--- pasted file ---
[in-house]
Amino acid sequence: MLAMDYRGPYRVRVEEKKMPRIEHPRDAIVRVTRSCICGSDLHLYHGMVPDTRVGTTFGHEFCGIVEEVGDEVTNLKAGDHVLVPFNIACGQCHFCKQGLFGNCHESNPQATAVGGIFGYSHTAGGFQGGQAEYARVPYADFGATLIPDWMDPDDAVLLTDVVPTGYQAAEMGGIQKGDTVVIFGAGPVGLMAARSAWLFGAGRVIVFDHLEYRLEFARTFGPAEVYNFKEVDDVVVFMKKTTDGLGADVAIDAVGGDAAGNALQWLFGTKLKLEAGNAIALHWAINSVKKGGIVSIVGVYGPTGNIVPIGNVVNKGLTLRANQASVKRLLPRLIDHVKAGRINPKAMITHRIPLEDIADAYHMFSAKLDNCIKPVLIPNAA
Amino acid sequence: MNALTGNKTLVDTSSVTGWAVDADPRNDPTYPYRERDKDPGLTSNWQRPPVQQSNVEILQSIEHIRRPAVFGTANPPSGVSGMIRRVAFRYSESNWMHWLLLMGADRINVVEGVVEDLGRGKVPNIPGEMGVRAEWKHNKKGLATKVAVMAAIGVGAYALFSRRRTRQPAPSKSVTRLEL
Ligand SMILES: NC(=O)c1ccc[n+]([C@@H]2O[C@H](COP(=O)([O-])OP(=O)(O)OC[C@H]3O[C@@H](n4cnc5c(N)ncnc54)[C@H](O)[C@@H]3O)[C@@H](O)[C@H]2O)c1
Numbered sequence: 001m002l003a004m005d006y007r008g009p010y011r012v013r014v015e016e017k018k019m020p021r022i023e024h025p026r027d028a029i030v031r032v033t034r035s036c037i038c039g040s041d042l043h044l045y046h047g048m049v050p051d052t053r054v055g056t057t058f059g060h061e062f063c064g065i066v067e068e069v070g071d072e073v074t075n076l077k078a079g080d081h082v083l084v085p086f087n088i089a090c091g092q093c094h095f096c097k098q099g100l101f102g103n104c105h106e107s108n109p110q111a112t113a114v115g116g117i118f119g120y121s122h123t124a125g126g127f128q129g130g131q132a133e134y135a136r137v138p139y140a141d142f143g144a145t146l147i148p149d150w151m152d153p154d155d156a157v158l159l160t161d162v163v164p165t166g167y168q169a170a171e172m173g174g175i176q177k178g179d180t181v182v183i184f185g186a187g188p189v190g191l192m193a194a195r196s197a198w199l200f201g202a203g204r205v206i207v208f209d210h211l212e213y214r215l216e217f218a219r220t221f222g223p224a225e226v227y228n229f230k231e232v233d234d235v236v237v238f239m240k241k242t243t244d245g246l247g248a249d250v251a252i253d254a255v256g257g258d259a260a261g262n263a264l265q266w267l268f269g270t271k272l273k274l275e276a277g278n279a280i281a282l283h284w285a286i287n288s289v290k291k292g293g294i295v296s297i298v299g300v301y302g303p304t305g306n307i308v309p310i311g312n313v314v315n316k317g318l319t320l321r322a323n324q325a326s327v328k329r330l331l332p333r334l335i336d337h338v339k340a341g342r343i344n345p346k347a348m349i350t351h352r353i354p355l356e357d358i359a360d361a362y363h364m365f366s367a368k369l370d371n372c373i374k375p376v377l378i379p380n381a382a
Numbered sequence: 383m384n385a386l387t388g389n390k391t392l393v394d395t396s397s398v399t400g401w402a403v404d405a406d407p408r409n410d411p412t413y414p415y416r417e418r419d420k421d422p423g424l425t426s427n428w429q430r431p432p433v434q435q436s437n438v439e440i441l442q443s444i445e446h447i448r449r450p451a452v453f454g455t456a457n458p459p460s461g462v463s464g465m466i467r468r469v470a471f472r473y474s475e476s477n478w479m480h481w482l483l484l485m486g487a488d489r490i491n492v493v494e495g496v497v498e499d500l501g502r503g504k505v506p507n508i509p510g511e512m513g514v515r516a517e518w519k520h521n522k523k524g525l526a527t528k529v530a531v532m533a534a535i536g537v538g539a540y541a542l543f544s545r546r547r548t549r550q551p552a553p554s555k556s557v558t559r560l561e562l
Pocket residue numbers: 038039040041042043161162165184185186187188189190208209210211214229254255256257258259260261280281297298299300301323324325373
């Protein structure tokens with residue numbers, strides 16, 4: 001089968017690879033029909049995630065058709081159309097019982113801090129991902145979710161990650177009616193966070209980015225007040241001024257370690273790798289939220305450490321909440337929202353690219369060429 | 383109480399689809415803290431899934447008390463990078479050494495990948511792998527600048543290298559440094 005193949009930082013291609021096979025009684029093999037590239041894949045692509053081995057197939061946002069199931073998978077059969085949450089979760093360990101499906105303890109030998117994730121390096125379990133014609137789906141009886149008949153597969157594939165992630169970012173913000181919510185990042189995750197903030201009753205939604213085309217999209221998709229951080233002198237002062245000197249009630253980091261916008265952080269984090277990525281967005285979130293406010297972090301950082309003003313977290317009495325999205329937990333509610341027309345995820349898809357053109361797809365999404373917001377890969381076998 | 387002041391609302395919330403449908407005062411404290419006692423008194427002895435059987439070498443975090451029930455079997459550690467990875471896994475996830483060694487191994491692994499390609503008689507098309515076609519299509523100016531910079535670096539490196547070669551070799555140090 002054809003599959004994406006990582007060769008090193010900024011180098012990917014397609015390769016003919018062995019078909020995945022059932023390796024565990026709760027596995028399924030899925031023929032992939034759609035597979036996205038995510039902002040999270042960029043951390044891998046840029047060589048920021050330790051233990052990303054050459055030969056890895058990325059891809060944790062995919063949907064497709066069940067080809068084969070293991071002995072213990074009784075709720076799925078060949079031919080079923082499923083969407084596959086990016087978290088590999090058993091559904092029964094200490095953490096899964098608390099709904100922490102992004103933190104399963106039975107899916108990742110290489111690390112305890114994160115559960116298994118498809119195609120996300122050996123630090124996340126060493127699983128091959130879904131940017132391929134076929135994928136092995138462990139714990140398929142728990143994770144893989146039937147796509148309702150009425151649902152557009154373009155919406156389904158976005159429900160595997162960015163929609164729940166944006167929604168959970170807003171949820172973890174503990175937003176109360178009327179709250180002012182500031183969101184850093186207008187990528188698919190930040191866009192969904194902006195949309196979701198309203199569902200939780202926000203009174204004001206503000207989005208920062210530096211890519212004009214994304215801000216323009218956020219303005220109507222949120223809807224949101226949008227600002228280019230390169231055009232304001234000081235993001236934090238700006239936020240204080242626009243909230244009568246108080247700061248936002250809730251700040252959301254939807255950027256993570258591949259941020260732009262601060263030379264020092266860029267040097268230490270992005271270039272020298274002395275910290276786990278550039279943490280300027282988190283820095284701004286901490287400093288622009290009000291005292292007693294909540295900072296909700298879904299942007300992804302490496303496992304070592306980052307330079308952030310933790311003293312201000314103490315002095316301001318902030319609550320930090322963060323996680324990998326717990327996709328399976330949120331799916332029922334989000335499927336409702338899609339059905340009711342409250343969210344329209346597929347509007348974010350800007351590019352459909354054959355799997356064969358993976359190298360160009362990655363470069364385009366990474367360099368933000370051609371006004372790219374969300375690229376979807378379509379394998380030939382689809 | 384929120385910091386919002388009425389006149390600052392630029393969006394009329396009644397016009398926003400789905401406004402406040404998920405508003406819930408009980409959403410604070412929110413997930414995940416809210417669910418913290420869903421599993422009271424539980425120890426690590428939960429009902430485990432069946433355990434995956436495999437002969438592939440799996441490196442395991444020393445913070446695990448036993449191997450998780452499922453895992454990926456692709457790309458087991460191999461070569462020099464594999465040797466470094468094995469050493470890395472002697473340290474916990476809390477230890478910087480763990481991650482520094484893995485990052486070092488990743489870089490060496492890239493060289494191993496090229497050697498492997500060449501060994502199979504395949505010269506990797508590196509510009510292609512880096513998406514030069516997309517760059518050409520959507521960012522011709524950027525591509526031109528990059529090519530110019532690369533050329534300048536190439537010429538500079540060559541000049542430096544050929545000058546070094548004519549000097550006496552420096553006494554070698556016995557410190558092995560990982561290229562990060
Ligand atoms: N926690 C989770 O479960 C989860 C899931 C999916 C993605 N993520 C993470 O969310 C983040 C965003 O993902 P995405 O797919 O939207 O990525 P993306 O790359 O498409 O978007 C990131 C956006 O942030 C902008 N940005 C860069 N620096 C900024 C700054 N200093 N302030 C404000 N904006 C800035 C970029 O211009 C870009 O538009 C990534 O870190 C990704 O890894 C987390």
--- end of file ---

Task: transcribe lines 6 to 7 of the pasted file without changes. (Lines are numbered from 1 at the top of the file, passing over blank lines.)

Numbered sequence: 383m384n385a386l387t388g389n390k391t392l393v394d395t396s397s398v399t400g401w402a403v404d405a406d407p408r409n410d411p412t413y414p415y416r417e418r419d420k421d422p423g424l425t426s427n428w429q430r431p432p433v434q435q436s437n438v439e440i441l442q443s444i445e446h447i448r449r450p451a452v453f454g455t456a457n458p459p460s461g462v463s464g465m466i467r468r469v470a471f472r473y474s475e476s477n478w479m480h481w482l483l484l485m486g487a488d489r490i491n492v493v494e495g496v497v498e499d500l501g502r503g504k505v506p507n508i509p510g511e512m513g514v515r516a517e518w519k520h521n522k523k524g525l526a527t528k529v530a531v532m533a534a535i536g537v538g539a540y541a542l543f544s545r546r547r548t549r550q551p552a553p554s555k556s557v558t559r560l561e562l
Pocket residue numbers: 038039040041042043161162165184185186187188189190208209210211214229254255256257258259260261280281297298299300301323324325373